The trouble with this new modern approach is simple – there is so much stuff out there for us to watch your movie/TV show can be the best thing ever made, but sometimes even those require time for people to catch up. Another, possibly even more crucial point, is that we (the audience) deserve full movies. It used to be that only a great movie gets a sequel, either based on the critical reception or the box office numbers (in an ideal case, it was a mix of both, but let’s face it, it’s all about money). But nowadays, films don’t even have a trailer out, and they are already viewed as a “starting platform” for other things, so we get many “hints” throughout the film for “things to come”. And then, when the movie flops, and we never get those sequels, we are left with a film like Army of the Dead, full of intriguing ideas but lacking in execution.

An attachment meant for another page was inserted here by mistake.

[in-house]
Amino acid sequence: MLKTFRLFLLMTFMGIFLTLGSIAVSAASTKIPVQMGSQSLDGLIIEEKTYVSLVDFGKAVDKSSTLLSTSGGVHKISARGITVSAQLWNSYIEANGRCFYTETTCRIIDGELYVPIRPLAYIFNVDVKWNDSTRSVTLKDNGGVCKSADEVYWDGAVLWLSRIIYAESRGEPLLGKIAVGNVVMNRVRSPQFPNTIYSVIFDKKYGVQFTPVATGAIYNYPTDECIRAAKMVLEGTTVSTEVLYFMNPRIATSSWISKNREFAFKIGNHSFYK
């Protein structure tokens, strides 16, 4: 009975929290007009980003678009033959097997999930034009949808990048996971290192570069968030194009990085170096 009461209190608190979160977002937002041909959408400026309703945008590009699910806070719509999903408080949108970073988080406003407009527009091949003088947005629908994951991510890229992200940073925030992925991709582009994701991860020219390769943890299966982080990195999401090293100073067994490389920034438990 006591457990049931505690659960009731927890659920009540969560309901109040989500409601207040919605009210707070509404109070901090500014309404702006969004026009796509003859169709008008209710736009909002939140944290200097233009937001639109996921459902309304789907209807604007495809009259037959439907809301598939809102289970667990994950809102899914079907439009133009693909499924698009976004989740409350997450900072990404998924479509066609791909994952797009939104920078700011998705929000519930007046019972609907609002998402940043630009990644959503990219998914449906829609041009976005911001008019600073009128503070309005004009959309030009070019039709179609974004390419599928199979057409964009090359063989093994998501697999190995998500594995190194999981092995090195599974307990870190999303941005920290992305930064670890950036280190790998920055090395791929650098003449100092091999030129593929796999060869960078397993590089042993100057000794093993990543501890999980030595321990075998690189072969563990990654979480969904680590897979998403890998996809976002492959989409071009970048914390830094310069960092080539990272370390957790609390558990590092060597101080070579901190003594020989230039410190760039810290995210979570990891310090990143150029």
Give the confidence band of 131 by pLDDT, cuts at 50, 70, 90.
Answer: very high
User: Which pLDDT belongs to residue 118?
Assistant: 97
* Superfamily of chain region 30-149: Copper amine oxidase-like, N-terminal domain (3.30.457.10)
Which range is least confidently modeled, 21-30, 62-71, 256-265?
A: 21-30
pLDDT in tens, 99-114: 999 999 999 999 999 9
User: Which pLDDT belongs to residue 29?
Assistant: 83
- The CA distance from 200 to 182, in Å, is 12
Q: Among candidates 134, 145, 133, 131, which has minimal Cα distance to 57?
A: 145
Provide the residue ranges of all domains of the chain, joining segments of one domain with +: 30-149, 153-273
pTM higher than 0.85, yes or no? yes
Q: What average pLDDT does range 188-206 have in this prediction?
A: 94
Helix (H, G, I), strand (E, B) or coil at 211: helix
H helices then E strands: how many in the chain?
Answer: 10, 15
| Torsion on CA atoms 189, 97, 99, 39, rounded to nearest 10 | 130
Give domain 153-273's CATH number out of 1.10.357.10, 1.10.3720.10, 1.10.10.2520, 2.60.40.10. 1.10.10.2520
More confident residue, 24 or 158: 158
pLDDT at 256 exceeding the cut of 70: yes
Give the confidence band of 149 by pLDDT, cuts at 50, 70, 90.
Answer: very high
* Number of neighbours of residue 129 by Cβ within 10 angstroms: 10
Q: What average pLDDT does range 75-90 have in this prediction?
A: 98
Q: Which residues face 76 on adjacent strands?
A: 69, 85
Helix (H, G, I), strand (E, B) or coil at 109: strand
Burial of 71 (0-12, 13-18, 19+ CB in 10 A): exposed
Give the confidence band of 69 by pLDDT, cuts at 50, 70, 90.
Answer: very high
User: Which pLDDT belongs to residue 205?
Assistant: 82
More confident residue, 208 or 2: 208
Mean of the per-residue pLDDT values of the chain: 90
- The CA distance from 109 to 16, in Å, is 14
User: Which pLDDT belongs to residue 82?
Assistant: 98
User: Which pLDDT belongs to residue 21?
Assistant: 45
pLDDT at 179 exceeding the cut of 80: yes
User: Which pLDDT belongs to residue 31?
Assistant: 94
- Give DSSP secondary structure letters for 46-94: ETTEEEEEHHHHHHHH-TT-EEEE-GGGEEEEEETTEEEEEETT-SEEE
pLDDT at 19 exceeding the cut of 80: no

Also, I need to mention something else that bothers me – Zack Snyder was once upon a time one of those directors I watched out for. I wanted to see everything they were making. Because I loved his first two films, the already mentioned Dawn of the Dead and 300 (2006, my review here), is still one of my favourite movies of all time; despite all its flaws, I love that movie unapologetically. And even his version of Watchmen (2009) I liked more than most. However, I need to revisit it now, especially with my knowledge of the tv show Watchmen (2019), to see how that holds up. But lately, with everything Zack is throwing our way, I find myself bored with his style. I understand some people still adore him, and honestly, good for you. But unless one of his next movies does something different, I don’t think I will ever get as excited for his films as I did ten years ago. And why? Because he is all about the visuals, the spectacle, and does not care too much about the actors, as proven by this movie. Take Ella Purnell, for example. Thankfully I know what she is capable of because of Yellowjackets (2022 – ?, my review here), but if I were to judge her based on this film alone… It’s not like she’s awful in this film, but it’s more about she’s not good here either…? It is not just her; I could say the same about any other actor in this film. I singled Ella out for a simple reason; I know she can do better because I have seen her much better in other things, mainly Yellowjackets. And that (good actors being just ‘meh’) goes behind the director, who is focused more on stuff looking cool and setting up thousands of different projects, rather than him being focused on delivering one spectacularly great film. It’s a shame; I used to be a big Snyder fan.